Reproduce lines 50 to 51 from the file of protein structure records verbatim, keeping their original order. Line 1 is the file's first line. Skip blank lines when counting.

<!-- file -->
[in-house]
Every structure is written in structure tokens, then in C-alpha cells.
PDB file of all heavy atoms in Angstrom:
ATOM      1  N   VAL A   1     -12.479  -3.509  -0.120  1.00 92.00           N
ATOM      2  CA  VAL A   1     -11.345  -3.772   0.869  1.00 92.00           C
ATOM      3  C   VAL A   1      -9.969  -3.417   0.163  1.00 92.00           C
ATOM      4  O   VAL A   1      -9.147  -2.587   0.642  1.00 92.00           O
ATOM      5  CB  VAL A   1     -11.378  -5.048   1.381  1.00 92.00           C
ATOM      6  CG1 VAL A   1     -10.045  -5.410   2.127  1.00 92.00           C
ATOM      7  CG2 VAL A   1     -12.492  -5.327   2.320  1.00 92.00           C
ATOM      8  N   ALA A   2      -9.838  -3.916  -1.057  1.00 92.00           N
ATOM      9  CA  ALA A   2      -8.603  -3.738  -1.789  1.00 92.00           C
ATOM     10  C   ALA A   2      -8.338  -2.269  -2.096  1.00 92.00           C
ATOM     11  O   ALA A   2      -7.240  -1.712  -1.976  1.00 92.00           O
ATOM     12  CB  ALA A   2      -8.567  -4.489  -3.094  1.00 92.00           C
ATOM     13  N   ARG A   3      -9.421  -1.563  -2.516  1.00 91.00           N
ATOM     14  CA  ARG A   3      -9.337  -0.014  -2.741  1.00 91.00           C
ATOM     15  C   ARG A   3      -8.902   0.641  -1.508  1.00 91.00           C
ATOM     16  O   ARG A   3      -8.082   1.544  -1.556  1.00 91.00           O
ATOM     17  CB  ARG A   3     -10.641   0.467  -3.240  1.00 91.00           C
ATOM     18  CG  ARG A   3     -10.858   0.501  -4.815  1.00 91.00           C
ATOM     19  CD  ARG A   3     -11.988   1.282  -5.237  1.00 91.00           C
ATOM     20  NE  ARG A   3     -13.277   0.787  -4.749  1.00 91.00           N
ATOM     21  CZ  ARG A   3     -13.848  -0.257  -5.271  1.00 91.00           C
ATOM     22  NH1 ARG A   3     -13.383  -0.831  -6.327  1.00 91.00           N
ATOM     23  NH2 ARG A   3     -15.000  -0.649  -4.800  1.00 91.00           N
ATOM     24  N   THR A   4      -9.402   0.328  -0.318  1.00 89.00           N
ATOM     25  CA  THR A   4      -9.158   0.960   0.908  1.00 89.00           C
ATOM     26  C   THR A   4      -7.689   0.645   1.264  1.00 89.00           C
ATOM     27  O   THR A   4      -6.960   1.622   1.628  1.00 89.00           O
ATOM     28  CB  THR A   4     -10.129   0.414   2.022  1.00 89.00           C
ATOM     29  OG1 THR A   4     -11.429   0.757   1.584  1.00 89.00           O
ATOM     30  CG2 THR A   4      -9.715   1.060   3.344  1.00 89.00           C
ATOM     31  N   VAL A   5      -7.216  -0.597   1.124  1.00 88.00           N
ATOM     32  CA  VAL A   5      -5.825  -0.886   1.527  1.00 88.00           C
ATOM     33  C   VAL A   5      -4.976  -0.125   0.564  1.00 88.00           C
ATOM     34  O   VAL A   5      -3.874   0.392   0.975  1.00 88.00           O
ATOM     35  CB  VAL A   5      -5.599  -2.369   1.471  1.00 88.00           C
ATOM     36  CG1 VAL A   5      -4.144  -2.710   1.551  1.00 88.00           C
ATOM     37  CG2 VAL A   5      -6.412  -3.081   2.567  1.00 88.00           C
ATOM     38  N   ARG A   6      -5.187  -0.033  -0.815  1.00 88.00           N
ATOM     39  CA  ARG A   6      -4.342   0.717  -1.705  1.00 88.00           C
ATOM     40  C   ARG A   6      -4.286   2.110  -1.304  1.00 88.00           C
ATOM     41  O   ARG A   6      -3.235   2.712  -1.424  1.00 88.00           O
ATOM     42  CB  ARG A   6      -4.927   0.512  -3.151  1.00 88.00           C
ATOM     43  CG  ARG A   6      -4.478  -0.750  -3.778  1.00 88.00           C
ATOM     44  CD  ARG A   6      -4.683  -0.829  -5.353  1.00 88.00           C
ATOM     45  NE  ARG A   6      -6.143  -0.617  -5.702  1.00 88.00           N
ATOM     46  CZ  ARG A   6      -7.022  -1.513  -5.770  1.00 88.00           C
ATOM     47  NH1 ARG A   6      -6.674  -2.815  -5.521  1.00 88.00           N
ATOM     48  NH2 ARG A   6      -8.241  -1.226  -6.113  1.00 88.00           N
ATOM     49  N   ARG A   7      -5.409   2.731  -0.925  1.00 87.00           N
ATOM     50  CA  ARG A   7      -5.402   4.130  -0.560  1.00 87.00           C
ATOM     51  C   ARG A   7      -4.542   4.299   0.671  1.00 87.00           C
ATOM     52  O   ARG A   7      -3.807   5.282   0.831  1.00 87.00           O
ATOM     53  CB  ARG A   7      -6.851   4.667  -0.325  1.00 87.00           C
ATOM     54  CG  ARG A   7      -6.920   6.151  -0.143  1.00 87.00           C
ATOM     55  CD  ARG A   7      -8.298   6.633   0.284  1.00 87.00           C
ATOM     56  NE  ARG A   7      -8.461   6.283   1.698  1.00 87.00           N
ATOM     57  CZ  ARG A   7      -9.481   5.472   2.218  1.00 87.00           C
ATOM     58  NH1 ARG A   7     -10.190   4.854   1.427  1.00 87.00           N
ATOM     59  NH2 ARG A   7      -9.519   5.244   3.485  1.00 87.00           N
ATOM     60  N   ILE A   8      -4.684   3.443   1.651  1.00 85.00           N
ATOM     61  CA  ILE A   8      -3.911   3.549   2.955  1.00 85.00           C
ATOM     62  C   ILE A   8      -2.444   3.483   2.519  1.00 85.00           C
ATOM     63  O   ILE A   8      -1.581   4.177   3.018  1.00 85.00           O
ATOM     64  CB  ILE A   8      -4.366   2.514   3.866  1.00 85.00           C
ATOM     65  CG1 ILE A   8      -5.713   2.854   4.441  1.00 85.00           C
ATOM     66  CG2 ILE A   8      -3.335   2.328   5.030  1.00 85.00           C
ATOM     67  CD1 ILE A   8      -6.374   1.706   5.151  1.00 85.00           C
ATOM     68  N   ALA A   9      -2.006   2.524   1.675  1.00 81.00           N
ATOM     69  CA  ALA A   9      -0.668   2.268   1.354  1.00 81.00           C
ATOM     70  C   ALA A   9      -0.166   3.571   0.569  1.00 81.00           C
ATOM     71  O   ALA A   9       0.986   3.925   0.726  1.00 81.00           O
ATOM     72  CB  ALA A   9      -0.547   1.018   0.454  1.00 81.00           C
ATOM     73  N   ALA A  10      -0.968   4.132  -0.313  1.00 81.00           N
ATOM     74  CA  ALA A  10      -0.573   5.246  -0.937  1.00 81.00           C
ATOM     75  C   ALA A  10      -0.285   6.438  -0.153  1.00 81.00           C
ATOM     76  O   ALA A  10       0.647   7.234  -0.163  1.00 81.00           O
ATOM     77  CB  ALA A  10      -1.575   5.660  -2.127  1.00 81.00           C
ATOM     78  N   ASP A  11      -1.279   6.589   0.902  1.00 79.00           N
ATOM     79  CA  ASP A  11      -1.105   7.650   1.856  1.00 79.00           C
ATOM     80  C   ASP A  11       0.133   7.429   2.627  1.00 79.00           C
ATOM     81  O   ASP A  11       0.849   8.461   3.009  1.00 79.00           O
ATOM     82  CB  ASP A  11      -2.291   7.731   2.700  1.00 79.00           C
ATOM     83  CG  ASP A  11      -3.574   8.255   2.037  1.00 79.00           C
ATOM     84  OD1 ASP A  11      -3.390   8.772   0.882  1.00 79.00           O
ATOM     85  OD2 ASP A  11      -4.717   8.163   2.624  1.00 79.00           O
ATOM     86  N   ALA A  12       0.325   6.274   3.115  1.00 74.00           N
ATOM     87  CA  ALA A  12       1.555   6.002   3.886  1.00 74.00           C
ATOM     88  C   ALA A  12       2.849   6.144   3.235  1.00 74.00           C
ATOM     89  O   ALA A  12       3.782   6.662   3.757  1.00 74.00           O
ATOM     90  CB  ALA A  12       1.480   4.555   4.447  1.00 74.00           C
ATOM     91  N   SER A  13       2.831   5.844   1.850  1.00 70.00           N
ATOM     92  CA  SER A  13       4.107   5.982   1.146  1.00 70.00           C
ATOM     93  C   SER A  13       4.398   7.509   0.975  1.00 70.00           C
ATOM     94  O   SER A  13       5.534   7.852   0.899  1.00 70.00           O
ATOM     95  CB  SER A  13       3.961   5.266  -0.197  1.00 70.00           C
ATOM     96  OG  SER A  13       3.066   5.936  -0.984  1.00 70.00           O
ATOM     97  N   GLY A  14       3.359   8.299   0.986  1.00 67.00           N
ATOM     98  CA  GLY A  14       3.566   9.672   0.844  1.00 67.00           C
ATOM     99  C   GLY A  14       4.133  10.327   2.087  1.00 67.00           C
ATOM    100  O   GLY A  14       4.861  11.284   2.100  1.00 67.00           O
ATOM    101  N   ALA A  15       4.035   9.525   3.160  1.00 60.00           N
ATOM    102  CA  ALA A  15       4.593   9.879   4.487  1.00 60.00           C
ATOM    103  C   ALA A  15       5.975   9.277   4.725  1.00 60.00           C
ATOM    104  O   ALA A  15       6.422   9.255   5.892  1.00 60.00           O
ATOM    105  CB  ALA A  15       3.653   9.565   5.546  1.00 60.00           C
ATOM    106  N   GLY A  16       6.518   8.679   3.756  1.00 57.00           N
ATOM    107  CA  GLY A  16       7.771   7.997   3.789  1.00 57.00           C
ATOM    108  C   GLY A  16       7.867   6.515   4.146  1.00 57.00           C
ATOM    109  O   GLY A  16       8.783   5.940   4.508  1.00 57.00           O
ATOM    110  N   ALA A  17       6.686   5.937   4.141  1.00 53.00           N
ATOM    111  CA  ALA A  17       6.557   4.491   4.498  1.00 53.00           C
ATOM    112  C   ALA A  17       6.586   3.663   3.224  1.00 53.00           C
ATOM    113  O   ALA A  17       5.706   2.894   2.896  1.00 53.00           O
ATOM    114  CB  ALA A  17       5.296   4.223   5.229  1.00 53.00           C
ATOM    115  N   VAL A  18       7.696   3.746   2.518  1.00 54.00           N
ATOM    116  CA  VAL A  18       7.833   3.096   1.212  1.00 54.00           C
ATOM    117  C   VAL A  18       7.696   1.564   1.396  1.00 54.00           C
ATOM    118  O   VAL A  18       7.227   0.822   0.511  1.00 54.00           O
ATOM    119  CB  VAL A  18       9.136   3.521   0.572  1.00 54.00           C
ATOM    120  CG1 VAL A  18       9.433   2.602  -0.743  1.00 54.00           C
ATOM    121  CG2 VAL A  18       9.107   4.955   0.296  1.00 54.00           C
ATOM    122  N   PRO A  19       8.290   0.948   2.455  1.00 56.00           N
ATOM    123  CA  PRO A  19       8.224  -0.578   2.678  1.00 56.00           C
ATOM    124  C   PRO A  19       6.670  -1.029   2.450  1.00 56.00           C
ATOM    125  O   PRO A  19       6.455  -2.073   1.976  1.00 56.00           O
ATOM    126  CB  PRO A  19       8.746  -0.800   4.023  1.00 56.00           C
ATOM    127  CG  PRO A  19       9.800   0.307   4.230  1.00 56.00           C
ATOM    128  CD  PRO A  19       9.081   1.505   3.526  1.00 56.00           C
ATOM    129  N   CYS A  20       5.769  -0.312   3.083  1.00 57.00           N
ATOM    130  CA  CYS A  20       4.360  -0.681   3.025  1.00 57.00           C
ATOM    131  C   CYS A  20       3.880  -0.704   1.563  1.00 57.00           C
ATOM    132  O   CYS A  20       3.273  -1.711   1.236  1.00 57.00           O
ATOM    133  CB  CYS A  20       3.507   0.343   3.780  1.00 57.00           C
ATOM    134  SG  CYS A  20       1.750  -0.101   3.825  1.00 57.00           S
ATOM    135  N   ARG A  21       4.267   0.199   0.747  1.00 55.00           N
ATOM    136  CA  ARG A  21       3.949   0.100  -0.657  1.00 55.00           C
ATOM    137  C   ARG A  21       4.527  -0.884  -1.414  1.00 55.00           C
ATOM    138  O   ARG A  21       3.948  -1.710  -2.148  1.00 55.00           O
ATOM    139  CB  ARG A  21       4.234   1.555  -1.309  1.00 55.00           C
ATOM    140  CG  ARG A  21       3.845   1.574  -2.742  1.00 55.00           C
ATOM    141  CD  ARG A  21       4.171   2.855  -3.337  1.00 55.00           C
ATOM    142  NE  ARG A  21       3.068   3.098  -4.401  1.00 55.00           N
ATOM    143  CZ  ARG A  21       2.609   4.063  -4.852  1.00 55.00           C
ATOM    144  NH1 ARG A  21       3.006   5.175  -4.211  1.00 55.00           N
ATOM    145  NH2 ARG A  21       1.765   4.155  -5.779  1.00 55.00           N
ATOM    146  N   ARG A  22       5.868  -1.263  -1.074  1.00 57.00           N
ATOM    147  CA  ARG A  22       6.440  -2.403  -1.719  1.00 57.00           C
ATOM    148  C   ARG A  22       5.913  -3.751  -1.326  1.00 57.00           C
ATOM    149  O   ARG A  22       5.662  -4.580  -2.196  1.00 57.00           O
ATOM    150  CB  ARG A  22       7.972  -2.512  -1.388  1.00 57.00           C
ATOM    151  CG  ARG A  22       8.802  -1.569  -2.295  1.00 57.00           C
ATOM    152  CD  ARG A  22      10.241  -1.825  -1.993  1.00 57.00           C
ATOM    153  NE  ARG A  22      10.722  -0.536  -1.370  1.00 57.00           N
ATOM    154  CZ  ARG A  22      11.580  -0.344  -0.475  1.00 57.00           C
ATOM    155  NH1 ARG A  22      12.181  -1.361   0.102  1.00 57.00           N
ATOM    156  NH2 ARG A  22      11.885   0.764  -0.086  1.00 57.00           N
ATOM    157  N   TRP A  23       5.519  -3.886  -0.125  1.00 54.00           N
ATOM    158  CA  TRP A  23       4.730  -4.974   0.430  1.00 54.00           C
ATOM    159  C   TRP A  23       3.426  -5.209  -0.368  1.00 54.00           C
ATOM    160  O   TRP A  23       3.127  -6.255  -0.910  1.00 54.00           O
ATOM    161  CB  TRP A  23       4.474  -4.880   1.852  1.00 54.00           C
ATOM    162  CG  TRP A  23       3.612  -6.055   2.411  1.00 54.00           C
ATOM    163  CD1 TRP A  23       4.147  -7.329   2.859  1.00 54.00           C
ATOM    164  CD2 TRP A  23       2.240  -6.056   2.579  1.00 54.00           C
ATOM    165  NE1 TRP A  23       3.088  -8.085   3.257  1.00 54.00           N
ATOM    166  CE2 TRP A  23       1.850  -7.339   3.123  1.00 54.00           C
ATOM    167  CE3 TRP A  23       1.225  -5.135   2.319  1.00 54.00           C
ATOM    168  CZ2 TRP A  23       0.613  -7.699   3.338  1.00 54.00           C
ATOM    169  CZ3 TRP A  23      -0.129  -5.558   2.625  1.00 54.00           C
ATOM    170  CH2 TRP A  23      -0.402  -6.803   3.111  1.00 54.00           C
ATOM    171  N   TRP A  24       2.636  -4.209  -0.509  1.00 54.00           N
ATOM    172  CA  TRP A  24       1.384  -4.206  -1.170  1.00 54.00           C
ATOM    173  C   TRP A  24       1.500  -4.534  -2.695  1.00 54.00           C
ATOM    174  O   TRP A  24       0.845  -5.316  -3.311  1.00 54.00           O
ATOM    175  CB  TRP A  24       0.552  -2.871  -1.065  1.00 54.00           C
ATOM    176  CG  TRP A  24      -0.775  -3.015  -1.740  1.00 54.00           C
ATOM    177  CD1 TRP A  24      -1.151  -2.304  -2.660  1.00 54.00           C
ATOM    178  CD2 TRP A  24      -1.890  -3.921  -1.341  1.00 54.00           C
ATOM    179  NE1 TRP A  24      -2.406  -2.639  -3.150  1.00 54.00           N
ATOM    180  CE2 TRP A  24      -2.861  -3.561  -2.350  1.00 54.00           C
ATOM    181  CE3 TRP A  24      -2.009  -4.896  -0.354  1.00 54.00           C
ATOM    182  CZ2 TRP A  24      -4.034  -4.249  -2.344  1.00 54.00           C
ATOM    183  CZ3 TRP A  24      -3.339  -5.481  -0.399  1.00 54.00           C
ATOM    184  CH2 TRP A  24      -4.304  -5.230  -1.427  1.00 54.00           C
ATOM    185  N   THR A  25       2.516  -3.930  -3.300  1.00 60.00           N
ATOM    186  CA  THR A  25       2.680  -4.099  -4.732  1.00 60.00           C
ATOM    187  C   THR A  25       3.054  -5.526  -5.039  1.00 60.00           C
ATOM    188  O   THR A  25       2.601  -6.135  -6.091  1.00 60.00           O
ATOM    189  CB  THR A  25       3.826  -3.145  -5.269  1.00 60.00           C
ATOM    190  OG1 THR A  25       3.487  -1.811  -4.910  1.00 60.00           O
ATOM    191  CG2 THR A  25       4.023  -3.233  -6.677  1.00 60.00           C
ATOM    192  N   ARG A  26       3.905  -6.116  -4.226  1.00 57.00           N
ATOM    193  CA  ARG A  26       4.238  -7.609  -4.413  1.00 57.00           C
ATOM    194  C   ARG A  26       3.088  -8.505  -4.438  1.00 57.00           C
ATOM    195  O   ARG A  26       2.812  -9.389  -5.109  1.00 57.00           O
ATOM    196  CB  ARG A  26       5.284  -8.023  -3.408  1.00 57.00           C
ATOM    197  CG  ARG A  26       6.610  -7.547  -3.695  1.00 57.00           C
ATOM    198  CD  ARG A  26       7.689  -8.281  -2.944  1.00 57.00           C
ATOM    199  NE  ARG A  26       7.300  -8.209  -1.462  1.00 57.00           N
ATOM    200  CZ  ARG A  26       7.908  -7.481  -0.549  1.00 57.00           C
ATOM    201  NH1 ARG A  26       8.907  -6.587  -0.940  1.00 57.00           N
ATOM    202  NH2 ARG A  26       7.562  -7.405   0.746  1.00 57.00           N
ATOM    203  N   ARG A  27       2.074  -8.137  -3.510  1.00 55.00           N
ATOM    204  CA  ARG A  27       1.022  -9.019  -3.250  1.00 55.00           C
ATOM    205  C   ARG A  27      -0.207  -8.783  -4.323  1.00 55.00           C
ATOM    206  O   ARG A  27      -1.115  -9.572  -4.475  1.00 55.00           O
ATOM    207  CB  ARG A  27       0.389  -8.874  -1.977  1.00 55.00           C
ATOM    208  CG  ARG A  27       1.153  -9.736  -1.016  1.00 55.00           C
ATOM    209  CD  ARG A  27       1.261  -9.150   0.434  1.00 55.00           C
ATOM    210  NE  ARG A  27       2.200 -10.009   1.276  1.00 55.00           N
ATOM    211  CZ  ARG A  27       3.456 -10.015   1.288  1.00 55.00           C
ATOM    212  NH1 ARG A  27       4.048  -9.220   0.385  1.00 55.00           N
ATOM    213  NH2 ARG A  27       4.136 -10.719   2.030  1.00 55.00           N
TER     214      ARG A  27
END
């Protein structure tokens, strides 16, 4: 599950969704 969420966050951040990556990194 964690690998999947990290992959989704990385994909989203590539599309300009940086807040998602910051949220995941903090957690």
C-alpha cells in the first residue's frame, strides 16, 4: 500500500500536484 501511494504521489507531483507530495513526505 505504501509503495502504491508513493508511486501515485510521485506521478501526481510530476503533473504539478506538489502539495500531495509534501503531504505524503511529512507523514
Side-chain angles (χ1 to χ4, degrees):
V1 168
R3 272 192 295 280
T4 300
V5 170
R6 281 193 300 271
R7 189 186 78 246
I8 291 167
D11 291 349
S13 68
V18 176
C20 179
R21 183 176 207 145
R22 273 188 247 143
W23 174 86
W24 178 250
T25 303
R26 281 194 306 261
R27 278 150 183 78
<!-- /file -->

ATOM     47  NH1 ARG A   6      -6.674  -2.815  -5.521  1.00 88.00           N
ATOM     48  NH2 ARG A   6      -8.241  -1.226  -6.113  1.00 88.00           N